Here are some of the recommendations from NRDC and the Garrison Institute. They may sound familiar, but bear with me - there's a potential for new thinking here:

Fly once less per year: The average one-way commercial flight from London to Los Angeles produces more GHG emissions per passenger than the average British commuter produces yearly by car, train, and subway combined. While it would be unreasonable to expect those who fly only one or two times per year to give up their flight (that flight could well be their vacation), frequent flyers, and especially business travelers, could take advantage of alternative options like telecommuting to cut down on air travel.

Consume less red meat and dairy: All meats are not created equal. While the average pound of beef consumed in the United States is responsible for 20 pounds of emissions, a pound of chicken is responsible for less than two. Today's average American consumes a prodigious quantity of red meat, the equivalent of one McDonald's Angus Bacon and Cheese Burger per day. Replacing two days' servings of red meat with poultry will reduce emissions by more than 70 million metric tons of carbon dioxide equivalent (MMtCO2e) in 2020. Dairy cattle similarly produce vast quantities of GHG emissions. Dropping dairy two days per week in favor of plant-based foods is not only healthy-animal fats are closely correlated to obesity, diabetes and many forms of cancer-but will save more than 35 MMtCO2e in 2020.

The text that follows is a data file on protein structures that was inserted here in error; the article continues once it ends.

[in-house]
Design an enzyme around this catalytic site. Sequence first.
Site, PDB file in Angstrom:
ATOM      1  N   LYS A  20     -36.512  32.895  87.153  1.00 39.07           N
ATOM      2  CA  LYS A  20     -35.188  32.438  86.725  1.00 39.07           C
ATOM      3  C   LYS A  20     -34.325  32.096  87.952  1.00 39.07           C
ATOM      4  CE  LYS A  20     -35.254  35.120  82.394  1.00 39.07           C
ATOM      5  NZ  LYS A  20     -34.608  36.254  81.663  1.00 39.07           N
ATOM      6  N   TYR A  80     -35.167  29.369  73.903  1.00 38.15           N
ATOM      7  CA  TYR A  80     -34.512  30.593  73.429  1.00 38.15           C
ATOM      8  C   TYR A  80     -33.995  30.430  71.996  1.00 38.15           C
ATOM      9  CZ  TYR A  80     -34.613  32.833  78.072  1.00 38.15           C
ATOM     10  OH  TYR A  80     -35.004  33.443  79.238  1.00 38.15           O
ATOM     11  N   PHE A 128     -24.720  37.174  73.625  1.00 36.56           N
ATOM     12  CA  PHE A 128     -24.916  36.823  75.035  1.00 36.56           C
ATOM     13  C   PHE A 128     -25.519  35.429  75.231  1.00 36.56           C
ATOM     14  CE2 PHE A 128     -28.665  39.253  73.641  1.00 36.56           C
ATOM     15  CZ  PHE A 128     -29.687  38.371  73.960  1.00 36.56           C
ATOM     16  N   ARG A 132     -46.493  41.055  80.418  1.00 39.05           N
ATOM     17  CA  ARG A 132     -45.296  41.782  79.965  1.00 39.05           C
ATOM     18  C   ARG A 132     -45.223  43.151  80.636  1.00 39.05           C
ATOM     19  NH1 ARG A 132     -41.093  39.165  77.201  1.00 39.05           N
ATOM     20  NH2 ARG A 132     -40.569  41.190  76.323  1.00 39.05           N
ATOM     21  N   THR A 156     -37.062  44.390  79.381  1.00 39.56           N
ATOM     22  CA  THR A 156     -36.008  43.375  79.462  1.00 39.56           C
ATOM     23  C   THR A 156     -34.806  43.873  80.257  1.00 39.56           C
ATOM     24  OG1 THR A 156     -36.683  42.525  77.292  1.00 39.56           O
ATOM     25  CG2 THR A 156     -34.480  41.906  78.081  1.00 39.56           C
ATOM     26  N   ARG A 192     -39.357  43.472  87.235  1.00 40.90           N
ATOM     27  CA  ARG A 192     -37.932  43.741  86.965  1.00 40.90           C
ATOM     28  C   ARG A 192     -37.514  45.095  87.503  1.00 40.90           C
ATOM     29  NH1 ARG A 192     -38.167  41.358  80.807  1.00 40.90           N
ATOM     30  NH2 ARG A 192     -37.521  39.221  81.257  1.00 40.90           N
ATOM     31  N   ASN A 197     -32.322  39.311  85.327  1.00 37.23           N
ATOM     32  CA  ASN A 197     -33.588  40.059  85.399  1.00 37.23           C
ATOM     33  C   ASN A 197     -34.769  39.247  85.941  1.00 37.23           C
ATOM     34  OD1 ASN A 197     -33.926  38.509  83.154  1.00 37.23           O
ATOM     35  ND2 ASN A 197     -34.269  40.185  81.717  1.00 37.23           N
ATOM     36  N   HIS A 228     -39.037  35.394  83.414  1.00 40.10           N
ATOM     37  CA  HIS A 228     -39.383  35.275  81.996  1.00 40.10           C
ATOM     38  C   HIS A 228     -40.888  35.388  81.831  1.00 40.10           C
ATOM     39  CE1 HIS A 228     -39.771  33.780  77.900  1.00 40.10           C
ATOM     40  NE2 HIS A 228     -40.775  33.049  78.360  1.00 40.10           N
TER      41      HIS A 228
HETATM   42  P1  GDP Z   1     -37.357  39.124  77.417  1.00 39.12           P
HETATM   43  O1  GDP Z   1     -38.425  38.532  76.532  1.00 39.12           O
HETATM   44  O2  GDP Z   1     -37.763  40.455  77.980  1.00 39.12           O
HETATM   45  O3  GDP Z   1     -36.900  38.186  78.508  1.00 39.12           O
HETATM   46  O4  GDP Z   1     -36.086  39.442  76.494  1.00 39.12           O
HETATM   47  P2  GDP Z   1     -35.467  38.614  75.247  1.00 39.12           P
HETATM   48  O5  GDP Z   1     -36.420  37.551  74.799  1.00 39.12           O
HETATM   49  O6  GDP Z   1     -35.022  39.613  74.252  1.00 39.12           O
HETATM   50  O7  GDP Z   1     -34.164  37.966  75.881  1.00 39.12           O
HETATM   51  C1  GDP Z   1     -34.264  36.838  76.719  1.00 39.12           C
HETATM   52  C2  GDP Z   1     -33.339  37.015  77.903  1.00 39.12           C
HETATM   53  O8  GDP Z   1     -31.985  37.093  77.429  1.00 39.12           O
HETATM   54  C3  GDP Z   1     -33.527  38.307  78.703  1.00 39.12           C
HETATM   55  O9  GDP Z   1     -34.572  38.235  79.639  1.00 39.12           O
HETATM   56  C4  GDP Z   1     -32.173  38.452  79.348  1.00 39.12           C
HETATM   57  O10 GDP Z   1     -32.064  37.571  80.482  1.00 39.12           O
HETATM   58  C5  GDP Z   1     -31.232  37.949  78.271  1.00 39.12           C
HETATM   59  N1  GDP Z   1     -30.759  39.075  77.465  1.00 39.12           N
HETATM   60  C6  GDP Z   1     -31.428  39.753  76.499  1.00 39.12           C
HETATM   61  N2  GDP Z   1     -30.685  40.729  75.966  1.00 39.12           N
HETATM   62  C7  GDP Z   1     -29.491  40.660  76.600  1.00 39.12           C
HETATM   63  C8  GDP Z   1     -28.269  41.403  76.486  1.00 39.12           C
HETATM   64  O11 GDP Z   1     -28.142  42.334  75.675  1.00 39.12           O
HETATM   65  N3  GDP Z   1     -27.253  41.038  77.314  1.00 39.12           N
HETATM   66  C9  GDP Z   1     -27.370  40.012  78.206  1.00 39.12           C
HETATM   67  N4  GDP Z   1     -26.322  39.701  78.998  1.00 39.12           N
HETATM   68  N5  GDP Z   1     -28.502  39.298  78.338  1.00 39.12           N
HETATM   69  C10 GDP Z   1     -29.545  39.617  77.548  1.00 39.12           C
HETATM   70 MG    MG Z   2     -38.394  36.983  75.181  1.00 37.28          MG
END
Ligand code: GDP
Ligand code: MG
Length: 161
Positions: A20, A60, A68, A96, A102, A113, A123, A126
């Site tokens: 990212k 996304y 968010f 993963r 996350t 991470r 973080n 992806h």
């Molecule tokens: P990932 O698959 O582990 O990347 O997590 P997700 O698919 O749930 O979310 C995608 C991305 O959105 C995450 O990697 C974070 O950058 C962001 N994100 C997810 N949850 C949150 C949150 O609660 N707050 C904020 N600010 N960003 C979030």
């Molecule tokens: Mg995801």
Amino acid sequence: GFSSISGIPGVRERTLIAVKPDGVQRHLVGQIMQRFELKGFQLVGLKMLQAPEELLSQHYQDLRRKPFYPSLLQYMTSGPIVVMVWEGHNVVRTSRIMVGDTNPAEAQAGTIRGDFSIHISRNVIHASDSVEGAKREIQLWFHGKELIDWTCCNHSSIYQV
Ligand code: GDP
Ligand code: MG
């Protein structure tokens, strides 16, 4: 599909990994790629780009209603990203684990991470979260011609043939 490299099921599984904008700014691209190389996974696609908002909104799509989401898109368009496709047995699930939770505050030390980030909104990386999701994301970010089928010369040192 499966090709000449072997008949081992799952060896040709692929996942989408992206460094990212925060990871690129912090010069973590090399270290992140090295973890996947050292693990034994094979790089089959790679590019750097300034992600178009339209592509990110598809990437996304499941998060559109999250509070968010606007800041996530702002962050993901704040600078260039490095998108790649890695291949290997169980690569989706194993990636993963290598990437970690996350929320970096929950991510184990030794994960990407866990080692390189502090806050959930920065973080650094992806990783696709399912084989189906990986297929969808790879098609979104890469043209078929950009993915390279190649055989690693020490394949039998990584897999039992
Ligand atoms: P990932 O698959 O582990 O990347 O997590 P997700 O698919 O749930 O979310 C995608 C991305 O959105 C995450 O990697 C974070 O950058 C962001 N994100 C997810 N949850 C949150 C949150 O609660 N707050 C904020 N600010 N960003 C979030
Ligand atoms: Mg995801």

Consume paper and plastics more responsibly: Buying recycled paper, stemming the flow of unwanted catalogs by two-thirds, and reducing printer paper consumption by one-third (easily achieved by printing doublesided) will save more than 50 MMtCO2e in 2020. Dropping bottled water consumption by 50 percent in that same timeframe will save another 8 MMtCO2e.

I've deliberately selected the recommendations that affect consumption. Others are less controversial and more familiar: Replace incandescent bulbs with CFLs, reduce motor vehicle idling, fix leaks and heat loss in your house, unplug appliances and turn the thermostat down a bit in winter and up a bit in summer (cardigan not required).

So what's new here? Two things, I think.

The first is that the science of behavioral economics, along with new work being done around happiness studies and climate change communications, offer fresh insights into how to get people to change. I've written about these developments before (see What's for lunch? Behavioral economics meets climate change and How to talk about climate change) and they are exciting.